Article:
Excerpt from Nightwalkers Book Two: Night Lovers (Deacon Mosley’s Torment)
An instant before he heard the floor creak Deacon Mosley sensed that he was not alone. When he heard the creak he lowered his gaze from the ceiling toward the sound. A young woman barely more than a girl stood just inside the closed back door of his house. He had not heard the door open or close.
The deacon’s relief that it wasn’t Lucinda back home to torment him in some new way was overrun by the fact that he didn’t recognize this girl. Considering the horrors he had endured over recent weeks, he thought she might represent some new plight.
She was looking at him, and the light from the lamp caught her eyes and made them glimmer silver. His rising fear froze in place.
“Don’t cry out and don’t try to run,” the young woman said, and the deacon knew he wouldn’t attempt either. Though his fear was frozen in his breast, now that she had instructed him not to move, he couldn’t.
The girl stepped toward the table. Prepared for death, the deacon gripped his Bible.
She pulled out a chair and sat down across from him. “Tell me about your wife,” she said.
Untrusting, the deacon asked, “Are you with her?”
“I don’t know her.”
“Are you my prayer answered? Are you God’s angel?”
“Tell me about your wife. Now.”
“She is the work of Satan. She torments me, hurts me. I’m so afraid. Oh God…”
“Be calm, Deacon. Do as I say.”
The deacon felt his fear lessen. Maybe everything was all right. “All right. Can you help me?”
“Tell me about her.”
“She…she is a wicked woman. She hurts. She relishes pain and suffering. She told me so. She has hurt me in so many ways. She told me that she would torment me until I begged for death. Would you kill me?”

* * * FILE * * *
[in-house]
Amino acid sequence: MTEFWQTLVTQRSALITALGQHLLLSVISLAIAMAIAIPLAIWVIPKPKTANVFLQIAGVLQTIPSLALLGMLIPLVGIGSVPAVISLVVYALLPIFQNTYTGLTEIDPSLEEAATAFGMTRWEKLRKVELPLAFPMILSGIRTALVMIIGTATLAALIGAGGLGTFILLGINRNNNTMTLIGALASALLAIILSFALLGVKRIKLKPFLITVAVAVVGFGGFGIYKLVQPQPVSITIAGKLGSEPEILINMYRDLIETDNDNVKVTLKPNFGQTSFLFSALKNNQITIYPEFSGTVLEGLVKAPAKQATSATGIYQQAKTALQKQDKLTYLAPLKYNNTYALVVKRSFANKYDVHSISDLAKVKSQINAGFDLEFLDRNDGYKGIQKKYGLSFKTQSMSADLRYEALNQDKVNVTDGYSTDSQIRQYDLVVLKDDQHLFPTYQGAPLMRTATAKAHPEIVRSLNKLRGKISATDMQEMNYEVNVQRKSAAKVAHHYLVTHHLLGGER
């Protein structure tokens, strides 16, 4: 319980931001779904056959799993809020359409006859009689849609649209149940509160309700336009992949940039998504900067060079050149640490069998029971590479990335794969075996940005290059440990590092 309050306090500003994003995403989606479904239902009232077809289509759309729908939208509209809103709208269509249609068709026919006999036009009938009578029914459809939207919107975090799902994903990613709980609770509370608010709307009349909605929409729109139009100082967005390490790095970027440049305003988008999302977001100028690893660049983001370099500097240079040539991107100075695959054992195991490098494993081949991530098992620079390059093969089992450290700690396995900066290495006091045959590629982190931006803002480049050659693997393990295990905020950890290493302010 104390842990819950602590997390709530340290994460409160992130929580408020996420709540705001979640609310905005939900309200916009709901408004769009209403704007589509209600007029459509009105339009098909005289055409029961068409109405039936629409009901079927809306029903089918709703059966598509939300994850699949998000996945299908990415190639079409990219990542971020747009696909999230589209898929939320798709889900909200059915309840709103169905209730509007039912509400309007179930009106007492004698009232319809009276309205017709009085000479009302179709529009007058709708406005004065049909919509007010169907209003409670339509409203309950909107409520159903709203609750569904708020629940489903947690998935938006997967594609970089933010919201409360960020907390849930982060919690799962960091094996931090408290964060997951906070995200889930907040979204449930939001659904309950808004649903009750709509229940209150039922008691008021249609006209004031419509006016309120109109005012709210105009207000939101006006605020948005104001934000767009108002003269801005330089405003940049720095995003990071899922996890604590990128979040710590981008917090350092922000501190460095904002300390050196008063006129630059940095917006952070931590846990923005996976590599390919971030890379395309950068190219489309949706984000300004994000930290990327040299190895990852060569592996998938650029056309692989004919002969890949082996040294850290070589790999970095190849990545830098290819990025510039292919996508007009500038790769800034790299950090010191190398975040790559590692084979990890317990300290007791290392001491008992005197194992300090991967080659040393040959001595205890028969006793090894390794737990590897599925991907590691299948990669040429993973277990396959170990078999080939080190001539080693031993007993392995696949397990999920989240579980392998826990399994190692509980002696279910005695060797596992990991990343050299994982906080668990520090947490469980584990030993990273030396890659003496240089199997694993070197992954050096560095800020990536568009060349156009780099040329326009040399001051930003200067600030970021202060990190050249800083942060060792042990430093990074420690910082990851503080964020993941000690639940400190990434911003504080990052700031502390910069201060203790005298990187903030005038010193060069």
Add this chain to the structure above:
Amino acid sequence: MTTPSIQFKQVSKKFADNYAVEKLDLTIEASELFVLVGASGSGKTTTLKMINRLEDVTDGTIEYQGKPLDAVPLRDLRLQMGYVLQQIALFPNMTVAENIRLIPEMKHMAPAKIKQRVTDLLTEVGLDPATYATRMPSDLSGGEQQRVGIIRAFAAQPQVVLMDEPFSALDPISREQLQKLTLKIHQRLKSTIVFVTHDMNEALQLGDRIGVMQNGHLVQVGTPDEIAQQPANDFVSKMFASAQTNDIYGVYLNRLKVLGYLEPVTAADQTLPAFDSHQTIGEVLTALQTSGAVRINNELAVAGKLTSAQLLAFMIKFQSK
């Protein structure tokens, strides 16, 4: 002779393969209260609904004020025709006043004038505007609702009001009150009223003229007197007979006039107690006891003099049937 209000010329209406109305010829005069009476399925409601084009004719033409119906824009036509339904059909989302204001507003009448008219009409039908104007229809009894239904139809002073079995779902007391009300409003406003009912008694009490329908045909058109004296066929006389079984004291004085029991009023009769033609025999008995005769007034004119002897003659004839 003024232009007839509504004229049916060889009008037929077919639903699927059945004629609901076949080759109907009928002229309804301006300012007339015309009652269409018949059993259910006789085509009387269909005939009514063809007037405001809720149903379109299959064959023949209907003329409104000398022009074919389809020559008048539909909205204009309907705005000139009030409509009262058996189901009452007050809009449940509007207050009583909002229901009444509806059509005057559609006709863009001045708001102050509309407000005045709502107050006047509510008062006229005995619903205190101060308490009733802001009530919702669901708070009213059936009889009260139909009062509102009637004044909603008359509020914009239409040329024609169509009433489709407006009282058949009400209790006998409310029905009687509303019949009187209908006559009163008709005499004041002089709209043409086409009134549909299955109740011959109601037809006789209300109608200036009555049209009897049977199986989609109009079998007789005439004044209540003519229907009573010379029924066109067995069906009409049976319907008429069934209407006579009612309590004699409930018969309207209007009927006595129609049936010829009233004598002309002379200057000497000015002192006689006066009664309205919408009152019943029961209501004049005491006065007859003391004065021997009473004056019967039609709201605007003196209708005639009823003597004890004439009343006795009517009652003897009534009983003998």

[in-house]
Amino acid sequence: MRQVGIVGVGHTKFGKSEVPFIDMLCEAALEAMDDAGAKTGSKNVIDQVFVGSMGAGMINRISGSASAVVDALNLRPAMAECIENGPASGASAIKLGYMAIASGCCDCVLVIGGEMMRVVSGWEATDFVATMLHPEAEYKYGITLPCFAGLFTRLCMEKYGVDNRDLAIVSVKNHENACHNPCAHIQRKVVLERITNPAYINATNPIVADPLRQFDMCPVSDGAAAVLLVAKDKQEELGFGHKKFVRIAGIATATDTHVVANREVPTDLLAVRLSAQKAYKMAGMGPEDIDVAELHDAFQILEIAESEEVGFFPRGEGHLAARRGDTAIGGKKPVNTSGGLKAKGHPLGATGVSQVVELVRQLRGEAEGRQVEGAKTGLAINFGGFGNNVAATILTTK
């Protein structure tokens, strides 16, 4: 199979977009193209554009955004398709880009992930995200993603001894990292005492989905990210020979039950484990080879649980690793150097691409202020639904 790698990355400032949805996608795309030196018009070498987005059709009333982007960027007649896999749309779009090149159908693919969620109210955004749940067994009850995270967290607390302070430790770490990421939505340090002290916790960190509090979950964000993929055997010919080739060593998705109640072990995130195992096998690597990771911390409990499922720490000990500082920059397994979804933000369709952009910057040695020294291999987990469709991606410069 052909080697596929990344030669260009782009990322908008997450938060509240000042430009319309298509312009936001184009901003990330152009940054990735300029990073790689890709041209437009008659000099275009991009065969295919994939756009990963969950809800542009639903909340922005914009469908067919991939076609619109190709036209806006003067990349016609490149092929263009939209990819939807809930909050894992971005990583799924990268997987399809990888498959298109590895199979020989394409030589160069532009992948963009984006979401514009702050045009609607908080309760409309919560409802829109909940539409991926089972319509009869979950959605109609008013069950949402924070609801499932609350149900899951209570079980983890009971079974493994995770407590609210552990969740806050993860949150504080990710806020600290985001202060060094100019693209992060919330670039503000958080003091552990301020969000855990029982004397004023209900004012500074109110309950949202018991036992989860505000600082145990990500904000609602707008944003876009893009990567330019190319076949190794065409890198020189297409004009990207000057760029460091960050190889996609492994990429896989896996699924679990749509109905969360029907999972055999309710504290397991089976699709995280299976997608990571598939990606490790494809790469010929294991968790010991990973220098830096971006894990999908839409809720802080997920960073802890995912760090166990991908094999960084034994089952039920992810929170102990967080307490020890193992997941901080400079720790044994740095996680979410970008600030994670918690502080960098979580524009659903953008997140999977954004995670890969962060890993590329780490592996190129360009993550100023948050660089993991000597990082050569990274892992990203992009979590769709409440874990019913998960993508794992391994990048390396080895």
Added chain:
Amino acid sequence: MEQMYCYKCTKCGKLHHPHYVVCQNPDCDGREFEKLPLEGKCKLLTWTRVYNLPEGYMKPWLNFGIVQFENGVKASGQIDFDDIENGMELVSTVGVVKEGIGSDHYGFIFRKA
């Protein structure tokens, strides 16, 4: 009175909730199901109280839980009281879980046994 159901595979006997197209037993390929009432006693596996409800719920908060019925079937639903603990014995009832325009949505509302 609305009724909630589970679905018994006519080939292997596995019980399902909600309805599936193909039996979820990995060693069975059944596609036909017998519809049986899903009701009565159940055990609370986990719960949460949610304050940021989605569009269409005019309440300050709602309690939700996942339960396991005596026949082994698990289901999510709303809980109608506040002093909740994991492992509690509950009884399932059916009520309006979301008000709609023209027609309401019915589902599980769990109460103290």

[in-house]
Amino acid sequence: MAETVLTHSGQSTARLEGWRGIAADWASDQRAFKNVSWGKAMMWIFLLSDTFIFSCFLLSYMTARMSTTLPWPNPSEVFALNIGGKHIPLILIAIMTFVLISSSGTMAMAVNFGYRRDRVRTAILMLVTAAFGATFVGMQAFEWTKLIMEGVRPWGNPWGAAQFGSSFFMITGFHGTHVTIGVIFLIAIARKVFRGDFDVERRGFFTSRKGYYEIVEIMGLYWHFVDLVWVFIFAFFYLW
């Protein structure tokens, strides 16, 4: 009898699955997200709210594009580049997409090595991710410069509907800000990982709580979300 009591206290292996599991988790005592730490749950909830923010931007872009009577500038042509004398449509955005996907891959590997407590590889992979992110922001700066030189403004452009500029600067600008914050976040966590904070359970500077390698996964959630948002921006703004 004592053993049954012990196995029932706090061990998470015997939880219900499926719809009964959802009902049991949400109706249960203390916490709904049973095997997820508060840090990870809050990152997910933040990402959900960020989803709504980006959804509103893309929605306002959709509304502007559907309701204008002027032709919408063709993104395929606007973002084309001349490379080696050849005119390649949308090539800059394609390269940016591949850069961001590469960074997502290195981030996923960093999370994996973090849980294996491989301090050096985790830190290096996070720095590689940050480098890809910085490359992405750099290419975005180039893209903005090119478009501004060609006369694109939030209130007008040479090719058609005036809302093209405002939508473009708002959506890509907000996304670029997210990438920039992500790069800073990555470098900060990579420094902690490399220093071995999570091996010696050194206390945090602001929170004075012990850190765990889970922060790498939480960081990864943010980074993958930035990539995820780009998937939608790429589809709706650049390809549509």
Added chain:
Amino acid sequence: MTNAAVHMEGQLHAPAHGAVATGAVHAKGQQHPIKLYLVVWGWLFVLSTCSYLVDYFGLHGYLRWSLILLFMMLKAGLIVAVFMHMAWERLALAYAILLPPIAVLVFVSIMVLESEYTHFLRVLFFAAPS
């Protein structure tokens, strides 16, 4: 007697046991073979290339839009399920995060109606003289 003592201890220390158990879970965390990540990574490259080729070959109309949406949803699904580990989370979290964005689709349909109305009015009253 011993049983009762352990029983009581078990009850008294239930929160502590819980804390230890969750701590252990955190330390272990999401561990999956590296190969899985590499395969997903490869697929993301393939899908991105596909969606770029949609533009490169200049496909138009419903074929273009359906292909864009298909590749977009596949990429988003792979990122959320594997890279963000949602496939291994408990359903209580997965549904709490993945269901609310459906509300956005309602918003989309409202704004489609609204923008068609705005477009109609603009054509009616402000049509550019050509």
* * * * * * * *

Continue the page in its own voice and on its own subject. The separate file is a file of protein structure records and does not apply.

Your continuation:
“Why would I kill you?”
“Because I can’t do it. Taking one’s own life is an unforgivable sin. But I can’t bear this suffering much longer. I swear before God I can’t.”
“You’re afraid you’ll burn in Hell if you take your own life?”
The deacon spit out a laugh at this girl’s ignorance. She didn’t understand. Over the last several weeks he had come to understand, oh yes he had. “Don’t you know, girl? There is no fire in Hell.”
“Hell is filled with shadows. Don’t you know that? And she’s one of them.”
“She’s not my wife. Not anymore. She’s something else.”
“Oh, oh God no.”
“What’s the matter?”
“My faith is insufficient. I do fear evil, I do. She’s got me. Can you please help me? You’re something else too, I can feel it. But you are not like her.”
“How do you know what I am or am not?”
“I see mercy in your eyes. She has no mercy. She has red eyes sometimes; red like hot coals. And she hurts me, oh sweet Jesus, she hurts me…” The deacon yanked up one shirt sleeve and displayed an arm disfigured by scratches, burns and bite marks.
Seeing his wounds, the girl muttered, “Oh my.”
Looking at his arm and blinking back fresh tears, the deacon said, “I cannot bear this anymore. I can’t. Please help me.”
“Where is your wife?”
“Down to Henry Johnson’s, sitting with his woman. She’ll be back soon. Please…”
“Look at me.”
The deacon looked across the table at the young woman. The silver light in her eyes pulled at him, seemed to lift him from his chair though he knew he was still sitting. “Your eyes…oh…”
“Listen to me, Deacon Mosley.”
“You’ve been sitting here at this table tonight, reading your Bible. You were alone all evening. No one came here. Do you understand?”
“Yes, I understand.”
An instant before he heard the floor creak Deacon Mosley sensed that he was not alone. He looked up from his Bible.
No one was there.
Lucinda wasn’t back home yet, thank God.